reduce computer eye strain Georgetown TX

reduce computer eye strain Georgetown TXThere is no denying the fact that we live in a digital world. Whether at home recreationally or while at work, we spend a significant amount of our daily life staring at a screen in some capacity. After a long day at the office, or a lengthy binge session with our favorite show or game, we might notice that our eyes feel overly tired, or are excessively watery, and/or we might have a headache. Sound familiar in any way? If so, congratulations! You are familiar on a firsthand basis with today’s topic of eye strain.

Disclaimer: All information in this article has been researched and pulled from reputable sources. With that said: We at CTTS are not medical professionals. If you have concerns about your vision and/or eye health, please consult an optometrist!

Eye Strain?
According to the Mayo Clinic, eyestrain is “a common condition that occurs when your eyes get tired from intense use, such as while driving long distances or staring at computer screens and other digital devices.” While not a significant danger in and of itself, eye strain can produce a collection of symptoms with it that make us feel “less than great.” These symptoms can include, but are not limited to:

  •  Sore, tired, burning or itching eyes
  • Watery or dry eyes
  • Blurred or double vision
  • Headache
  • Sore neck, shoulders or back
  • Increased sensitivity to light
  • Difficulty concentrating

Eye strain itself won’t directly lead to further complications, but it can compound the effects of existing conditions we might not be aware of. Additionally, eye strain itself can exist/create a positive feedback loop into itself. The more strained our eyes become, the easier it is to strain them further, with symptoms taking less time to manifest the more tired/strained our eyes become.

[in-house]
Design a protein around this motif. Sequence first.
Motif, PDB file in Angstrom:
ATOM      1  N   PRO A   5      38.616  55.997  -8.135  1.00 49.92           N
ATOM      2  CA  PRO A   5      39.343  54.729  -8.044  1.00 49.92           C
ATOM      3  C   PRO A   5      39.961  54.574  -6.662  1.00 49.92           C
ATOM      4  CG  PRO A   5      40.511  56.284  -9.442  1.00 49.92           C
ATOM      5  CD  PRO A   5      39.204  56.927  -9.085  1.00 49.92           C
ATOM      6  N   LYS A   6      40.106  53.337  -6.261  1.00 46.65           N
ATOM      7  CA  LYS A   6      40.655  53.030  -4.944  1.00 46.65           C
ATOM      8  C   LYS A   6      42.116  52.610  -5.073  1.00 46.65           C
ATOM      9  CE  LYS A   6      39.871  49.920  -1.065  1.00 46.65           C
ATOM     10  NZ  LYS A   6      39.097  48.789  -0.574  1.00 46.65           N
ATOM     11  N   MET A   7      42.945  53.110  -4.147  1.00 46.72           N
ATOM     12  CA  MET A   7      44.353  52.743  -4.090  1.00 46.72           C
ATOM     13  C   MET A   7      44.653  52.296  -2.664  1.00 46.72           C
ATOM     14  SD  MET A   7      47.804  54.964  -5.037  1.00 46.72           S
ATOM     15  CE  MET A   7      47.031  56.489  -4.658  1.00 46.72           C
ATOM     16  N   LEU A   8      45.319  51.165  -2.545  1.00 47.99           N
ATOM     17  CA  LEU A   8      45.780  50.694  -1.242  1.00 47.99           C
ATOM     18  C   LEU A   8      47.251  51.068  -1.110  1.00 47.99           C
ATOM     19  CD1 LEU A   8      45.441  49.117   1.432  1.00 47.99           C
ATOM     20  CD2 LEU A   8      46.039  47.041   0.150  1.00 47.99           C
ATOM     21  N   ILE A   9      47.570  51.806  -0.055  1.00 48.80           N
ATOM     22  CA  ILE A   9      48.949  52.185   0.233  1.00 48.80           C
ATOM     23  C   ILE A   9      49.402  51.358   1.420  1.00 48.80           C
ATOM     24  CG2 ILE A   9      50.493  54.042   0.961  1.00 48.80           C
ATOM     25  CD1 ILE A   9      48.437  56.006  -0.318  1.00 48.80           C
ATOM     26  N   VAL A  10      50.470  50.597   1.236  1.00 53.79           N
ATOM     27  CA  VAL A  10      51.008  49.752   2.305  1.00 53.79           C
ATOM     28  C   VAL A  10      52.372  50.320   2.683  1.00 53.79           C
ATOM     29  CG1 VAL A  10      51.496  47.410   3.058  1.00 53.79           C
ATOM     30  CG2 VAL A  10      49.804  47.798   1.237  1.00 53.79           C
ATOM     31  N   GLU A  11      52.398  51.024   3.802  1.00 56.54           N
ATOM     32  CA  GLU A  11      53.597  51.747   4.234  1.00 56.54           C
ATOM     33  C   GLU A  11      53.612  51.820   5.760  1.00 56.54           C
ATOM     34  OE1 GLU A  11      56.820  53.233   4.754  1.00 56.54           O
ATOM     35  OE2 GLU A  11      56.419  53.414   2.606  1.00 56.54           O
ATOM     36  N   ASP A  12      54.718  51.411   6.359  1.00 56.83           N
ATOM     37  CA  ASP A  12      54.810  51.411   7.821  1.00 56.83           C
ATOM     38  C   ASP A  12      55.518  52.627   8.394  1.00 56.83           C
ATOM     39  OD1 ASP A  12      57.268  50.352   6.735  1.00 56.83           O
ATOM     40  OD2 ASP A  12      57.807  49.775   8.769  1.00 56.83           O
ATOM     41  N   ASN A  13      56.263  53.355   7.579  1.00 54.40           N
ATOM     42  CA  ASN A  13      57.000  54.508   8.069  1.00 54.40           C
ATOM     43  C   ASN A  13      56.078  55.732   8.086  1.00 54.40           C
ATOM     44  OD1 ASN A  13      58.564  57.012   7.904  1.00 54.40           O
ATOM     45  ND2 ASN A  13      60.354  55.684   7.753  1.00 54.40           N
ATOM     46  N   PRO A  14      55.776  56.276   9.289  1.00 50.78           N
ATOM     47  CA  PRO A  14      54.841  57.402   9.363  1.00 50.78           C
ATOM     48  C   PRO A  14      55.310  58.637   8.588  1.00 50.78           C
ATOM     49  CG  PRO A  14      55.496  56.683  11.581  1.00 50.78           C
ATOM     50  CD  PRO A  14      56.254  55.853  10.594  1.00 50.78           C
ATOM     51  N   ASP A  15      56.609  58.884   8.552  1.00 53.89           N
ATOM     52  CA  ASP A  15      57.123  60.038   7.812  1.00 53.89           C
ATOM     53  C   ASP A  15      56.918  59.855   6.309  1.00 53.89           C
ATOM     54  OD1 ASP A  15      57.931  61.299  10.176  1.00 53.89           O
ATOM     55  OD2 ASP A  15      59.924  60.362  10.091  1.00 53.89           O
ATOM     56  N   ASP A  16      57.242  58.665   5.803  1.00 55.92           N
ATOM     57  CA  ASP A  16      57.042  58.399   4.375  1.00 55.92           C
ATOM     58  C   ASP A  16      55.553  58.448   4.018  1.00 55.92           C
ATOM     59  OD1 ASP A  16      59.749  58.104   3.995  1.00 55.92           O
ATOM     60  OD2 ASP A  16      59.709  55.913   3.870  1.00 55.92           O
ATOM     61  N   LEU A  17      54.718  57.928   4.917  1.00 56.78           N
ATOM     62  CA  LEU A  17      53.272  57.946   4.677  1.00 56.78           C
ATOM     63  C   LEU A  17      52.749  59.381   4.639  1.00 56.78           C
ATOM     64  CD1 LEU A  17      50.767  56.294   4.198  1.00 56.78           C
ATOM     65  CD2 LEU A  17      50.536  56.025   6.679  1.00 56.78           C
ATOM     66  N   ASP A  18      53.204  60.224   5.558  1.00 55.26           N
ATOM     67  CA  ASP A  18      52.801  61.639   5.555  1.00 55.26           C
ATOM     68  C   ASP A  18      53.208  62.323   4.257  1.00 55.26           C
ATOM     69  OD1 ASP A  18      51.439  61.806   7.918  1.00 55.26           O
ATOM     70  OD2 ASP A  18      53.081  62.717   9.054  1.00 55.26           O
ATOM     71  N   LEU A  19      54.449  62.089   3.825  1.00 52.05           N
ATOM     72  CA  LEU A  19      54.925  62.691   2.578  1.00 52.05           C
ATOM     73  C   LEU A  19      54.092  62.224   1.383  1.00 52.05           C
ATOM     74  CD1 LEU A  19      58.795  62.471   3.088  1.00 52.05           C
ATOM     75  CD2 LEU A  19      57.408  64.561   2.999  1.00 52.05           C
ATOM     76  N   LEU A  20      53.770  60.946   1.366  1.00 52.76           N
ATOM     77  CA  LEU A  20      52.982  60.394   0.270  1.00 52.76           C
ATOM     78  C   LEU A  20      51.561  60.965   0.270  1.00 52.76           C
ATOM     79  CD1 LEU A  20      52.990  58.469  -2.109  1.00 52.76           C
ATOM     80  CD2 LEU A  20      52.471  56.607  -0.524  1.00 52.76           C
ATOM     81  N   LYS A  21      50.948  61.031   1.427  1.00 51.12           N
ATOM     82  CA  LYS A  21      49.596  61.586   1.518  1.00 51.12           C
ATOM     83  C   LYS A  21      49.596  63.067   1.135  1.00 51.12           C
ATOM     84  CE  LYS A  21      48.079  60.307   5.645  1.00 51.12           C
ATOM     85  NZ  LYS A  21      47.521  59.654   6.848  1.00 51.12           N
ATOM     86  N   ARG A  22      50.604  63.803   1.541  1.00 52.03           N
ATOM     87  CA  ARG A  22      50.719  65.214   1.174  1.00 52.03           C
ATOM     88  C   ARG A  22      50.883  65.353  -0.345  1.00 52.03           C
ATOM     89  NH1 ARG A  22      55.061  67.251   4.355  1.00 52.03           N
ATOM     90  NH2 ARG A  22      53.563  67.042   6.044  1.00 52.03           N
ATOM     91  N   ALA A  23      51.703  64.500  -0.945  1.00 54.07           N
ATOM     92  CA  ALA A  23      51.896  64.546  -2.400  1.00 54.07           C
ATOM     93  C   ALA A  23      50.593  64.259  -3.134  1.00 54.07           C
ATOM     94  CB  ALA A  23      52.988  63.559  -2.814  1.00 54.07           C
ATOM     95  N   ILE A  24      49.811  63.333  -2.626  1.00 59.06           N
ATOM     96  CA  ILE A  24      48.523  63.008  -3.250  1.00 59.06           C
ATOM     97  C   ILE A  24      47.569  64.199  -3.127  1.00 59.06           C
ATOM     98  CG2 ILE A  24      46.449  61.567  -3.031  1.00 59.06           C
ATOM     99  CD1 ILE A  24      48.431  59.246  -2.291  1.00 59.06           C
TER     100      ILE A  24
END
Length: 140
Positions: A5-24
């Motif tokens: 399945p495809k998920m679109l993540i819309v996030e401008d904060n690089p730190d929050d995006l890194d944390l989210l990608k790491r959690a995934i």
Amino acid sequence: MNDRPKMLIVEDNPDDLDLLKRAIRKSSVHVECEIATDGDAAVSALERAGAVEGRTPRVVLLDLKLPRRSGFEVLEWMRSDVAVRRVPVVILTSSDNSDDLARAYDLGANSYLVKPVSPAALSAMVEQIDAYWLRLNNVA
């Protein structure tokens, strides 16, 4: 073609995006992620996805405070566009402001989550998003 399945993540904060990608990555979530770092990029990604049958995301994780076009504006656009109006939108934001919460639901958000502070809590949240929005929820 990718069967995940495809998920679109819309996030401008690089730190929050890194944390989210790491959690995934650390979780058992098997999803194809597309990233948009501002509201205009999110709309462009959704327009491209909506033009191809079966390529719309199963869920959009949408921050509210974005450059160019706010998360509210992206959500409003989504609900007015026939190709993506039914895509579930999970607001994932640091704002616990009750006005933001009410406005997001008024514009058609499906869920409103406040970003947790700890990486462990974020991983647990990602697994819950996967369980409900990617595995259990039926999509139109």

Right, so now we know what to look for as an indicator of eye strain, but what are the contributing factors to its existence in the first place? It goes without saying that excessive screen time is a leading contributor to almost all eye strain cases. Believe it or not, one of the leading causes of eye strain is that, for whatever reason, screen make us forget to blink! Studies suggest that the average human blinks, on average, 18-22 times per minute. Those numbers drop significantly to 3-7 times per minute with the introduction of digital screens. In addition to just simply forgetting how our eyes are supposed to work, here are some other common contributing factors to eye strain:

  • Improper viewing distances and angles
  • Glare, Improper/Poor Lighting
  • Incorrect Application, device, and/or system settings
  • Poor posture
  • Lack of sleep

Preventative measure!

Fortunately for us, eye strain is rather easy to combat. While the best method to do so may be to simply “stop looking at screens!” we all realize and admit that this is not a very realistic, or practical, solution. Below are a few tips and strategies/methods we can all employ to help reduce the daily wear and tear on our eyes:

  • Blink!
  • Employ the 20-20-20 method: every 20 minutes, look at an object at least 20 feet away for at least 20 seconds.
  • Take longer (at least 15min) breaks every two hours or so of screen time.
  • Adjust the lighting in the area – your device should not be brighter/darker than the surrounding environment.
  • Adjust contrast and text size on your screen. Use night/dark mode settings if available. There are free software applications, such as F.LUX, that will automatically adjust your screen settings for various lighting conditions and times of day to help with this.
  • Position your screen correctly! Make sure your computer screen is about 25 inches, or an arm's length, away from your face. The center of the screen should be about 10-15 degrees below your eye level.
  • Get some sleep! The recommended 8 hours a night will go a long way towards helping your eyes recover from the daily stress we subject them to.

If you find this article helpful, please share it. If you're looking for assistance in achieving any technology-related business goals, including working from home, network structure, and future strategies, give CTTS a call today for a free IT consultation to see where you stand and how we can help you get to where you want to be: (512) 388-5559.


By Brandon Kaylor
Desktop Support Technician
Central Texas Technology Solutions